The remarriage of a parent is a major event experienced by many children. Its role in children's depressive symptoms was examined in a follow-up study of a cohort from the age of 16 to 22 years.
The study population consisted of young people who had experienced parental divorce in childhood (N=356). Associations between a parent's remarriage and potential modifying factors in adolescence (atmosphere at home, school performance, dating behavior, life-events, the importance of siblings, and socioeconomic status) and depressive symptoms at 22 years of age were studied.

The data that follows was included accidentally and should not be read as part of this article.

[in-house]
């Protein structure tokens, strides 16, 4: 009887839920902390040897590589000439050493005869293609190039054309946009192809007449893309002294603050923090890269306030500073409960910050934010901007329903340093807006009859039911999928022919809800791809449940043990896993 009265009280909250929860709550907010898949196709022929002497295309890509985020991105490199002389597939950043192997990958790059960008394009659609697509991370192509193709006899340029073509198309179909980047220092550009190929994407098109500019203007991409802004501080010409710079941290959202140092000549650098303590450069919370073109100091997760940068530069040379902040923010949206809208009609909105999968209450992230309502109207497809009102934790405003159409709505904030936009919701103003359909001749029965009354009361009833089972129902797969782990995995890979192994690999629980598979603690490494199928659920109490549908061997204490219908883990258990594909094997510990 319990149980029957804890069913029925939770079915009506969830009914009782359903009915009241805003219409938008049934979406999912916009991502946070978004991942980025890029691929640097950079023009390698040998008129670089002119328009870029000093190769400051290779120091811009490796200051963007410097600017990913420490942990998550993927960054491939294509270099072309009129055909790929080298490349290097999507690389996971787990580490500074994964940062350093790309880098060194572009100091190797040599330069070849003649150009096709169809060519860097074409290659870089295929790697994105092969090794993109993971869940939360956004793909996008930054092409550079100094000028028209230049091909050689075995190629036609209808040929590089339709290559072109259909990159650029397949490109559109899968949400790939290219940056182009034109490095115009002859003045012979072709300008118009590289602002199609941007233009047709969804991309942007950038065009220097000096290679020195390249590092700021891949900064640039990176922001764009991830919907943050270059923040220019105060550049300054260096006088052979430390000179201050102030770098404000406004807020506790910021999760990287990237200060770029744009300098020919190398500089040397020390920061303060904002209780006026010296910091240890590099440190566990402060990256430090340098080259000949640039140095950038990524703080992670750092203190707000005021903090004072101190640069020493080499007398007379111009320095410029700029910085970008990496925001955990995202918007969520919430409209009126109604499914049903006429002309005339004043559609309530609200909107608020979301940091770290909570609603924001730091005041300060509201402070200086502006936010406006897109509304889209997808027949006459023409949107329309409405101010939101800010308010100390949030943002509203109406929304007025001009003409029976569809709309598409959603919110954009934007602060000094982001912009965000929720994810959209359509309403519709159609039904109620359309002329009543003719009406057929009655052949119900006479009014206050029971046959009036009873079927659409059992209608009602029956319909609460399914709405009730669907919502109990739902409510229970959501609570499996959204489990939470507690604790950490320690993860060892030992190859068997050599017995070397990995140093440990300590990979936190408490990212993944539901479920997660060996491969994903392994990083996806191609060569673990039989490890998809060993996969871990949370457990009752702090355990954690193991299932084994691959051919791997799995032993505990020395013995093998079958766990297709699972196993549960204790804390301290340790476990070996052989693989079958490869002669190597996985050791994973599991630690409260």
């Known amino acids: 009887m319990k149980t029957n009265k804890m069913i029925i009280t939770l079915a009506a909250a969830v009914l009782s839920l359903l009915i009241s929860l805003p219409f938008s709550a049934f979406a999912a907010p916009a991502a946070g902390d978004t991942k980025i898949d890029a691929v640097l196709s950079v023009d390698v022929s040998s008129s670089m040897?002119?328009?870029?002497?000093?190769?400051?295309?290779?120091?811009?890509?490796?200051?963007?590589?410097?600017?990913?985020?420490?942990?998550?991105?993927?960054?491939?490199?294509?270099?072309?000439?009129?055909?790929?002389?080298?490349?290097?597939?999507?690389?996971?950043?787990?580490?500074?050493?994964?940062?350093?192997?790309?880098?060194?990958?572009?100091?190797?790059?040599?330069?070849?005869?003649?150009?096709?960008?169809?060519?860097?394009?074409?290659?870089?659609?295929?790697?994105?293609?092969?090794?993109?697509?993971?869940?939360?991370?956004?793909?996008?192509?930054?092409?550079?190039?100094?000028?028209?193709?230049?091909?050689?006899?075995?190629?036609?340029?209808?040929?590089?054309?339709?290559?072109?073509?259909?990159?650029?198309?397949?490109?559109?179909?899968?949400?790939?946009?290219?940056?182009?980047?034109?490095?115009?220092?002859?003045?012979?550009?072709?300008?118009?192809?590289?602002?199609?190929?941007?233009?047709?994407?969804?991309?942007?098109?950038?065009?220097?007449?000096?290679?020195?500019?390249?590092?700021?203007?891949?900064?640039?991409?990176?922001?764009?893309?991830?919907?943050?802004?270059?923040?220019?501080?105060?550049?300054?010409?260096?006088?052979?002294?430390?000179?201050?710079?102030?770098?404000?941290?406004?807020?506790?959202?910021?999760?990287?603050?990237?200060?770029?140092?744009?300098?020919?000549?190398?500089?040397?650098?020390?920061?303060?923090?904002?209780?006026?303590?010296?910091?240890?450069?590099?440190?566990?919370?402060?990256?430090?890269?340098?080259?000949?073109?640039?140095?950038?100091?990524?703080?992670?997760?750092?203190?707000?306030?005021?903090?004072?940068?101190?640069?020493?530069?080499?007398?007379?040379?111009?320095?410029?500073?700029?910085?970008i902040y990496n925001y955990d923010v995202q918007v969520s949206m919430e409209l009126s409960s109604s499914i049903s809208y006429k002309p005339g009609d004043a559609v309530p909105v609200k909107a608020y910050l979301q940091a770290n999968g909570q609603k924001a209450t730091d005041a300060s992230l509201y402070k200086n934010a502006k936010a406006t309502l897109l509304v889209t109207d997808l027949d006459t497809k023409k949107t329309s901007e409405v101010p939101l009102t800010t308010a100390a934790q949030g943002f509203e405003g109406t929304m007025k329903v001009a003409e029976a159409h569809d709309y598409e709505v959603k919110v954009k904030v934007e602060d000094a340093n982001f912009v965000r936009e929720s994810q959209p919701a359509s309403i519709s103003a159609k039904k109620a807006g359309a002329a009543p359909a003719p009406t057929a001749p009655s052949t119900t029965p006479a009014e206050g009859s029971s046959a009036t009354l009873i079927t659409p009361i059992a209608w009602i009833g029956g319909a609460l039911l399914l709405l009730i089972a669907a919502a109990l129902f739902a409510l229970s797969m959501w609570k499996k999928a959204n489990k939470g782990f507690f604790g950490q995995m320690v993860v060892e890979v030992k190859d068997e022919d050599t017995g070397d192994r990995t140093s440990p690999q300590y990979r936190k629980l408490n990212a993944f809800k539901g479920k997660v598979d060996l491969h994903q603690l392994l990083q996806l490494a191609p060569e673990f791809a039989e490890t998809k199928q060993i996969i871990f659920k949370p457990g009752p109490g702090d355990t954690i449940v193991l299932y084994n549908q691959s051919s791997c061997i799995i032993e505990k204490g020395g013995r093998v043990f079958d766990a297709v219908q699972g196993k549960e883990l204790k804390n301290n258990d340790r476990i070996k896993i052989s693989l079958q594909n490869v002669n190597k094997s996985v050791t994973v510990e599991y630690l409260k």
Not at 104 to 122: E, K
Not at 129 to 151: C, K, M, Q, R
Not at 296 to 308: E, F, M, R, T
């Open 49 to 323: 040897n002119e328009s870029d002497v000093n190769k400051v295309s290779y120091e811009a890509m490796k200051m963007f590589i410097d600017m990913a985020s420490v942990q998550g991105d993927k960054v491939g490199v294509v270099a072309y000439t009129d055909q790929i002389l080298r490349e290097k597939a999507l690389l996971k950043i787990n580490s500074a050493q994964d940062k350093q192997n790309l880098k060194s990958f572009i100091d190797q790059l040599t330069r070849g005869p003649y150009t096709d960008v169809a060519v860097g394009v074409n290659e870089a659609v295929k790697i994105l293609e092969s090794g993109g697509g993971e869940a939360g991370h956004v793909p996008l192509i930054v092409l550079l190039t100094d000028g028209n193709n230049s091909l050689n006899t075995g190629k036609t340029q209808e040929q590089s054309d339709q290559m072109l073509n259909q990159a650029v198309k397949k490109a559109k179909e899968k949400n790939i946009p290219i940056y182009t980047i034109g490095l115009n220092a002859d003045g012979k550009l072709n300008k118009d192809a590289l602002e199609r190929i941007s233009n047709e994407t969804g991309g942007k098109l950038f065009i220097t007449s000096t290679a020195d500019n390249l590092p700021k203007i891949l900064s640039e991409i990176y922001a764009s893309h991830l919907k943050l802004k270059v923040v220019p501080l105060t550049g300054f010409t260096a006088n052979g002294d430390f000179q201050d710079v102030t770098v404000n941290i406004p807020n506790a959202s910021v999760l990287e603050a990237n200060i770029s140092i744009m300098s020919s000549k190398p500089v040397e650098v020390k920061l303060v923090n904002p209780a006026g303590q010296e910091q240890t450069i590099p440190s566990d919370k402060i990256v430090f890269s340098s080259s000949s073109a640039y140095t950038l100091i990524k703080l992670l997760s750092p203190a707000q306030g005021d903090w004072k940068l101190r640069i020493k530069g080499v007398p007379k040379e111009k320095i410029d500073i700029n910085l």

A poor atmosphere at home at 16 years and father's remarriage (but not mother's) in childhood were associated with subsequent depression. Girls whose father had not remarried, but boys whose father had remarried, were more depressive than others. Dating behavior in adolescence modified proneness to depression in these groups.
The findings indicate the importance of the father in adolescent development after divorce and that the processes involved may differ by gender.